Chiefs coach defends 'frustrated' fans
Kansas CITY, MO. (AP)
Romeo Crennel said Wednesday that he shares the frustration of fans in
Kansas City over the Chiefs' 1-4 start while calling them ''some of the
best fans in the NFL.''
Chiefs fans have been the subject of national scrutiny this week. On
Sunday, offensive lineman Eric Winston laid into fans he believes were
cheering after quarterback Matt Cassel was injured in a 9-6 loss to
''I think the majority of the Chiefs fans are not going to cheer a
player getting hurt. I think the majority of Chiefs fans support the
Chiefs. They want the chiefs to win,'' Crennel said. ''Are they
frustrated? Yes, they're frustrated, just like we're frustrated.''
Cassel sustained a concussion on the play, and while a small percentage
of fans cheered, it was unclear what they were applauding: the injury
itself, the play that resulted in a first down, the moment that Cassel
finally got to his feet or when Brady Quinn took over as quarterback.
Cassel had been struggling all season, and had thrown two interceptions
in the game.
Winston's diatribe, in which he called the segment of fans cheering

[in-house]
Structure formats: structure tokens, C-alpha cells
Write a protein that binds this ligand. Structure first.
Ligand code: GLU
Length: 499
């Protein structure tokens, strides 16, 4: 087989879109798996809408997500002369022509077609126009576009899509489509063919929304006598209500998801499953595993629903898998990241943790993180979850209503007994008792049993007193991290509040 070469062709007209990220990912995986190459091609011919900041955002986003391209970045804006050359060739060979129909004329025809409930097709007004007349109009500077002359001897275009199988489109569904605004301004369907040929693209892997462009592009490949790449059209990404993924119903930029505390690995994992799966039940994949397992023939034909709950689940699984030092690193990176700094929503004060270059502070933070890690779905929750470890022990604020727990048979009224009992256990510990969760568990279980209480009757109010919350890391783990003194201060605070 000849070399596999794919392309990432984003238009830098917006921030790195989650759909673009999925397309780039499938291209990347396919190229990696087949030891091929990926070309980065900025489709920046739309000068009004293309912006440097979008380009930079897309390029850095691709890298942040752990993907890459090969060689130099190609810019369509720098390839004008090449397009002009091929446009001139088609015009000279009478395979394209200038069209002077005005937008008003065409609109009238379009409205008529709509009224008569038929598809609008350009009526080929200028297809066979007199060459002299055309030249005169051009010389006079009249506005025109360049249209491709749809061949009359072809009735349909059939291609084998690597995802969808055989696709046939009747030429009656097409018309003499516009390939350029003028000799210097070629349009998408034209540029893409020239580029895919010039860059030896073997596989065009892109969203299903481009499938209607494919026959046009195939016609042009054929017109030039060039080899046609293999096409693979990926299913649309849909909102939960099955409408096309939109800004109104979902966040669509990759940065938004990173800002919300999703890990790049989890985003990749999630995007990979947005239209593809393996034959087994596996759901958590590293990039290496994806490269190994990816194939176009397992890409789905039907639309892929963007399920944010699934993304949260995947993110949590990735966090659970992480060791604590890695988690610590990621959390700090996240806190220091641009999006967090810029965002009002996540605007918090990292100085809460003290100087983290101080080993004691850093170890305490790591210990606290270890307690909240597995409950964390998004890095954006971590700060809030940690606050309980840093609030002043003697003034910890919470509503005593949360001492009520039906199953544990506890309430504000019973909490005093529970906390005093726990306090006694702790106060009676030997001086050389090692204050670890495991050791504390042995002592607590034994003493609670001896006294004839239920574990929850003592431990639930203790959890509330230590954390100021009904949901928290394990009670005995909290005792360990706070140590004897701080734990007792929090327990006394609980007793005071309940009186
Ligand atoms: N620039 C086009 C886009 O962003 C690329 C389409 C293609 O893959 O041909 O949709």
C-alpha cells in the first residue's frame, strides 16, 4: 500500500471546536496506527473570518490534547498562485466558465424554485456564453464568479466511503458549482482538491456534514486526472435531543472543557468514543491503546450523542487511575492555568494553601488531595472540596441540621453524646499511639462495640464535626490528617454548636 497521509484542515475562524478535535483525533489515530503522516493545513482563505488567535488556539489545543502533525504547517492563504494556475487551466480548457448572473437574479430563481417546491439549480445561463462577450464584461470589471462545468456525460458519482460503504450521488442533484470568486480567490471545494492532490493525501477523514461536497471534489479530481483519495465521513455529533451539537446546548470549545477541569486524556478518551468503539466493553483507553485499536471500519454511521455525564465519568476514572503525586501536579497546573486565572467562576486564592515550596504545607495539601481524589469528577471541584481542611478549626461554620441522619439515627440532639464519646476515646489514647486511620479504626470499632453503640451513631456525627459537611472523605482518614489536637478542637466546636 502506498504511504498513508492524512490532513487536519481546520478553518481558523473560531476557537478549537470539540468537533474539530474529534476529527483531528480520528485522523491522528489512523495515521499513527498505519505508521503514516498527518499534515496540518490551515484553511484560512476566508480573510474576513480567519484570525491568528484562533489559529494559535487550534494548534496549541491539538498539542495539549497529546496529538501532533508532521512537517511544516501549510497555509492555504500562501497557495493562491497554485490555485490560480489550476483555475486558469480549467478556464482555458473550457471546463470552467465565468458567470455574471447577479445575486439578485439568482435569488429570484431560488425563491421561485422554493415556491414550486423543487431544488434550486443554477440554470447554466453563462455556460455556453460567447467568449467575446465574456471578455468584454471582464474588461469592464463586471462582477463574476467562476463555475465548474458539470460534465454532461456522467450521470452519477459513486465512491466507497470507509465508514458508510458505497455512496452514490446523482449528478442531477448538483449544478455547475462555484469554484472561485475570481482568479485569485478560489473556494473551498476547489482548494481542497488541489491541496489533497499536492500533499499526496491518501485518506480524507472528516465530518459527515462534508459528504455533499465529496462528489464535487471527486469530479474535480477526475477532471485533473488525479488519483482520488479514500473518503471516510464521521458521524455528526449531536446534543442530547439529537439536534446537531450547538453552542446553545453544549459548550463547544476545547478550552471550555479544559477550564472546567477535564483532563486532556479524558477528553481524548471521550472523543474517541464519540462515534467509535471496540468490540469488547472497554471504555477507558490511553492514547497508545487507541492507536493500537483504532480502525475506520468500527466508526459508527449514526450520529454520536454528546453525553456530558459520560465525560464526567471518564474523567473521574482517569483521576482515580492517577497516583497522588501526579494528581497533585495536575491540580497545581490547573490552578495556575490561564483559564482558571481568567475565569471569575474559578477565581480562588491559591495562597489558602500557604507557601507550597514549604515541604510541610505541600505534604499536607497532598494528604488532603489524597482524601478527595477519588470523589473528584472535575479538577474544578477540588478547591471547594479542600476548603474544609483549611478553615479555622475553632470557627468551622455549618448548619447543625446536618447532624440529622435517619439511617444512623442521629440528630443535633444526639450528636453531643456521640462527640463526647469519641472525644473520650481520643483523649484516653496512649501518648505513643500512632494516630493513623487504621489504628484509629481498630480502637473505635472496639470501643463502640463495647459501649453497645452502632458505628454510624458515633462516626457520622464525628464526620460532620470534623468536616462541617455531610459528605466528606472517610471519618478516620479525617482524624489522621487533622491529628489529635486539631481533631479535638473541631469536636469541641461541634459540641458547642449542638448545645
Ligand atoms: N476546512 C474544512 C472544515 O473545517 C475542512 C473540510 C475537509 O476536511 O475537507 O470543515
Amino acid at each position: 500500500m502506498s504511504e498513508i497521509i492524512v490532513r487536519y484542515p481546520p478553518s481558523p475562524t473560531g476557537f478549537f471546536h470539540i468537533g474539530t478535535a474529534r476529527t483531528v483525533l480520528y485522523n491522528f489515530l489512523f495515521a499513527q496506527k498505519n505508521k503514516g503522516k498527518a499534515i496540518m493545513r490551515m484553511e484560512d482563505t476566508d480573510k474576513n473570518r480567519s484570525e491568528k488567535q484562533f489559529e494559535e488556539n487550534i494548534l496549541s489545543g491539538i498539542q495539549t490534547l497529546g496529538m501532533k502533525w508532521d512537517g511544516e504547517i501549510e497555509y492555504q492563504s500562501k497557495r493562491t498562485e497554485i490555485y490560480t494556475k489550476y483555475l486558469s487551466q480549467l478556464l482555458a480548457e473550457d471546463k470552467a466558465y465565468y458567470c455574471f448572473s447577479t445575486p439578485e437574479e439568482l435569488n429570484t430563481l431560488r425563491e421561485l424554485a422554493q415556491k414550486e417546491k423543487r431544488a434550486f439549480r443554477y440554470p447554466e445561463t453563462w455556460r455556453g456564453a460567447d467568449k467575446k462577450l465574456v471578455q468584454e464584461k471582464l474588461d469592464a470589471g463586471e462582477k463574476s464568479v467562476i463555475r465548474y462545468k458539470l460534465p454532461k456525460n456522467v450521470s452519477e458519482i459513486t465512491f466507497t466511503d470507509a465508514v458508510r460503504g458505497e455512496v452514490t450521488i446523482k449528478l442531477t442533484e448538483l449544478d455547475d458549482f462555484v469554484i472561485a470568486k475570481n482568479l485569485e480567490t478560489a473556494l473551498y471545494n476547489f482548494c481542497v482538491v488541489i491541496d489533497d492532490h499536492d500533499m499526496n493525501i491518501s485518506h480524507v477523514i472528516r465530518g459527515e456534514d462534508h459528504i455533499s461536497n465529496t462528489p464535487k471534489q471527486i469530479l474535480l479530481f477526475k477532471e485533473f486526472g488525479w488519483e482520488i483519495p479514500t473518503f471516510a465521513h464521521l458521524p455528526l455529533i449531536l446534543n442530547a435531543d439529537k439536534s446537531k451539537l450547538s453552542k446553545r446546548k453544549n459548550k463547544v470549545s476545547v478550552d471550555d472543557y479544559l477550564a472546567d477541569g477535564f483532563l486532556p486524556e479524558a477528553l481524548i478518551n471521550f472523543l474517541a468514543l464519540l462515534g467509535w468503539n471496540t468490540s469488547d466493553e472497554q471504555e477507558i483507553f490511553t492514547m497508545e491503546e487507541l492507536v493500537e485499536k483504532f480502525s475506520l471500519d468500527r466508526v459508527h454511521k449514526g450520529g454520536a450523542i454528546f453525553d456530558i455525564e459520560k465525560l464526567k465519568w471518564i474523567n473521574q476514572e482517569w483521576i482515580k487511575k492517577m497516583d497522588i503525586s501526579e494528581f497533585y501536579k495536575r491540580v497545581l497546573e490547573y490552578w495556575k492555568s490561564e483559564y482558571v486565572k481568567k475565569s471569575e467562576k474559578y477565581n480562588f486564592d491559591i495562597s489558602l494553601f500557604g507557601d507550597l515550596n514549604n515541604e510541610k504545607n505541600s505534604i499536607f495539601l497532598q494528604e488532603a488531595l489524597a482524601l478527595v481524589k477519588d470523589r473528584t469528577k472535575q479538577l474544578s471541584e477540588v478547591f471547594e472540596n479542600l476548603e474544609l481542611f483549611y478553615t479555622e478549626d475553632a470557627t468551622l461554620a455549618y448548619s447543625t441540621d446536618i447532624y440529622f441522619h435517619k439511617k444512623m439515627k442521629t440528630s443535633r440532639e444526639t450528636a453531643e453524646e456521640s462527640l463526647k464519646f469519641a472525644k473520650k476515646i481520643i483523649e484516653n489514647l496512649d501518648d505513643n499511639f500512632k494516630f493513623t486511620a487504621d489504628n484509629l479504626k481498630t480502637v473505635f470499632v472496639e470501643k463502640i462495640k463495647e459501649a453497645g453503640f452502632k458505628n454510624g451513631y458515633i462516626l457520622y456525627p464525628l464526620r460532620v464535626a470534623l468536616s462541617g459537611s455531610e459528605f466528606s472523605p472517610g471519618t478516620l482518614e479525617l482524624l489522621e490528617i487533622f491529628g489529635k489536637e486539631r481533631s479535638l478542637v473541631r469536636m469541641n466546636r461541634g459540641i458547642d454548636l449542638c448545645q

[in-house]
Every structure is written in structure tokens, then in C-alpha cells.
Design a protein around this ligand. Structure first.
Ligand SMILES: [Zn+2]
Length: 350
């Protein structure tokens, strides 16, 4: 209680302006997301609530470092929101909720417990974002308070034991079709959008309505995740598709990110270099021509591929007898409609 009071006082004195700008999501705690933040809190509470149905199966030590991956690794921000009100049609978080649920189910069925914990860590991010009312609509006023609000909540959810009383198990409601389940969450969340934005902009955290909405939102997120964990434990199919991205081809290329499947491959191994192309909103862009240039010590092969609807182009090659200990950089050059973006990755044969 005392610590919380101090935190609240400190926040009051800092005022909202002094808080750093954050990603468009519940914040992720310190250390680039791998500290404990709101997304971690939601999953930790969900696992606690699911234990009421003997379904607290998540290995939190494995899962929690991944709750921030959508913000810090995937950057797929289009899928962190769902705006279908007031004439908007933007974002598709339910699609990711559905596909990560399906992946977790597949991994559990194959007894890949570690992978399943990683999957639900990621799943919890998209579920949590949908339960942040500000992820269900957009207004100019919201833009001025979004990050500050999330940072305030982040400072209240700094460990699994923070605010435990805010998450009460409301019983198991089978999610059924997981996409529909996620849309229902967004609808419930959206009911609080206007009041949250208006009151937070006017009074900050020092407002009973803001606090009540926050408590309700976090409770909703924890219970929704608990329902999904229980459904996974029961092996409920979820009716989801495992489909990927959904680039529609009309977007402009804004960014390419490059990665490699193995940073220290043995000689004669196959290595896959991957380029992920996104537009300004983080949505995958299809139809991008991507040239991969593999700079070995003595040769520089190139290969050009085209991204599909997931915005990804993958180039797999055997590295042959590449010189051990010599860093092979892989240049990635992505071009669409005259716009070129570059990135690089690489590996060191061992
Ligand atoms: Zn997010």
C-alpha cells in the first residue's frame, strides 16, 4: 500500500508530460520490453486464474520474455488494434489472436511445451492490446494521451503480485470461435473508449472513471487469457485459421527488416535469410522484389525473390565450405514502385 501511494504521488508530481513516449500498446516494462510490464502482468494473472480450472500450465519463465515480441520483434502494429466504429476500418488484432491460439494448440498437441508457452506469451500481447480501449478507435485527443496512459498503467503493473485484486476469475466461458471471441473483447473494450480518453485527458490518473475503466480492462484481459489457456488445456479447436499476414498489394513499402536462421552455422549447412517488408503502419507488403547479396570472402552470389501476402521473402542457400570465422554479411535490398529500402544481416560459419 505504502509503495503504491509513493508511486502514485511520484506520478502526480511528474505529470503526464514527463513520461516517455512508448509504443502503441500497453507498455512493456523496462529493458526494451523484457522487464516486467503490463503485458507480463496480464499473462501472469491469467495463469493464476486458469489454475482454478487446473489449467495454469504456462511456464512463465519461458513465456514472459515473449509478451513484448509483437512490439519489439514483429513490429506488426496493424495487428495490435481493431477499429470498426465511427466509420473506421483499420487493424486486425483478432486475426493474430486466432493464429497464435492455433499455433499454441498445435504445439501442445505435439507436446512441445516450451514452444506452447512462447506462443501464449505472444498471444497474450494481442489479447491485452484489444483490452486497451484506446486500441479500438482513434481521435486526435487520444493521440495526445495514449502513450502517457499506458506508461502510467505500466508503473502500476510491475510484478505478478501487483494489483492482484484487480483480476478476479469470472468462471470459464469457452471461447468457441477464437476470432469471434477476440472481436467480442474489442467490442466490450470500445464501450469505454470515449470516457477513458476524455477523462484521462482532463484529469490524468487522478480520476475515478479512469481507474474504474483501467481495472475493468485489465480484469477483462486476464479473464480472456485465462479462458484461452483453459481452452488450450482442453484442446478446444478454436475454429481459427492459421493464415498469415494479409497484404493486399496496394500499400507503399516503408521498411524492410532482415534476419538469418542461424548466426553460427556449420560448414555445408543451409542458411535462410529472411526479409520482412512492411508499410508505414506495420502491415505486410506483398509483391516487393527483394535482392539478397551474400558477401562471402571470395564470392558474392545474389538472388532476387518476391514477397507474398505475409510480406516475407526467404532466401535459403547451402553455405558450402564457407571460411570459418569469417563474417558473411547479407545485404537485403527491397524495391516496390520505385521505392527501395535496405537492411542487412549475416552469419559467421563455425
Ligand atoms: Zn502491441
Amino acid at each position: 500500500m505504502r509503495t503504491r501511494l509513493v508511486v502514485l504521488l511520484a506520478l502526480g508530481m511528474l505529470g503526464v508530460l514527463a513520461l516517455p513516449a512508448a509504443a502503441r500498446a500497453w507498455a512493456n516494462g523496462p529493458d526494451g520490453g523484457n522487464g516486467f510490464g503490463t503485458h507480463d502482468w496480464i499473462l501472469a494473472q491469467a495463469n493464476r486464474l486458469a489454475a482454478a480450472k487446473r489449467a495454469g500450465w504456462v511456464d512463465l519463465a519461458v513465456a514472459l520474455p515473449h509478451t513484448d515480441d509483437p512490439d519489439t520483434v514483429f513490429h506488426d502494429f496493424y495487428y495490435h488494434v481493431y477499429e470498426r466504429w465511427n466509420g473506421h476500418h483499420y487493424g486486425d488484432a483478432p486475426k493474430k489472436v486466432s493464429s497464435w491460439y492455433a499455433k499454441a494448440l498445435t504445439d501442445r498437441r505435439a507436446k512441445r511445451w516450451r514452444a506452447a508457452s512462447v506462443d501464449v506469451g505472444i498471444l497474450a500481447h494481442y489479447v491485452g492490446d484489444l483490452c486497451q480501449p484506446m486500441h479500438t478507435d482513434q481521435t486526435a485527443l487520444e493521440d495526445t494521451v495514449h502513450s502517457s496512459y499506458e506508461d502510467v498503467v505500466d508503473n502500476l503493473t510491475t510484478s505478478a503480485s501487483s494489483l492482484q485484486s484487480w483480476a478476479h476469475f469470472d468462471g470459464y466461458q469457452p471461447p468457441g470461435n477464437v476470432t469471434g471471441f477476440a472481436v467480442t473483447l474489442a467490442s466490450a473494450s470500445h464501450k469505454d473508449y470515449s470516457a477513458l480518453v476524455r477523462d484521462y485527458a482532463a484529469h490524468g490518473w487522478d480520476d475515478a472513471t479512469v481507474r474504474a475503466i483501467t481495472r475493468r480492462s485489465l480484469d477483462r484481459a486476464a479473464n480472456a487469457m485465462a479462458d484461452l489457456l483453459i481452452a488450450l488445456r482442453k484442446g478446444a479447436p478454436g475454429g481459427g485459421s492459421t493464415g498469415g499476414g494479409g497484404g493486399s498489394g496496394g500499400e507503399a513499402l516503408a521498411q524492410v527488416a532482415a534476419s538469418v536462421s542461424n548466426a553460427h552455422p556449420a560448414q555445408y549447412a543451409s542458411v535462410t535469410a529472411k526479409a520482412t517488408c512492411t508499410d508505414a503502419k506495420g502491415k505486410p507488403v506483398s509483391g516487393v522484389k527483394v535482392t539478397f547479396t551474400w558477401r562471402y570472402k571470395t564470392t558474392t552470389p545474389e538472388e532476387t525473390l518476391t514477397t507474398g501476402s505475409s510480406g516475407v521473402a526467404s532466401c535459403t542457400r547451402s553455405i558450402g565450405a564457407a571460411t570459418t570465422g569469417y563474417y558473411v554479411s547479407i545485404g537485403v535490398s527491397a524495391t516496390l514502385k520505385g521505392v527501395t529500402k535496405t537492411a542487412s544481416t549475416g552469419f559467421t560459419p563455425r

Cassel's injury ''sickening,'' quickly went viral. It was dissected on
ESPN and more mainstream television news program, such as ''Good
Morning American'' and the ''Today'' show, offered their take on it.
''Historically, the Chiefs fans are some of the best fans in the NFL.
You can go back and you can look at that and you know that's the
case,'' Crennel said. ''I've come here and played here as an opposing
team, and I can verify that. They're supportive of their team.''
Only to a point, though.
Animosity has been building in Kansas City for years, both over the
failure of the Royals to reach the playoffs since 1985 and the Chiefs
to win a playoff game since 1993.
One group of tailgaters last Sunday strung up a bed sheet carrying the
message that the Chiefs were an ''embarrassment'' at one of the
entrances to the parking lots. Prior to the game, an airplane towed a
banner paid for by fans asking that general manager Scott Pioli be
fired. Pioli has not been available for comment this week.
''We're trying to make it better,'' Crennel said. ''I got up there a
little earlier on Sunday and (the fans) were there in their red, and
they were ready to try to help their team, and the team played a
competitive game. Was it perfect? It was not perfect. But it was a
competitive game, and it kept the fans involved in the hopes they were
able to pull out a victory.
''We have to continue to play like that,'' Crennel said, ''to keep the
fans cheering for us and supportive of us the way they have been for a
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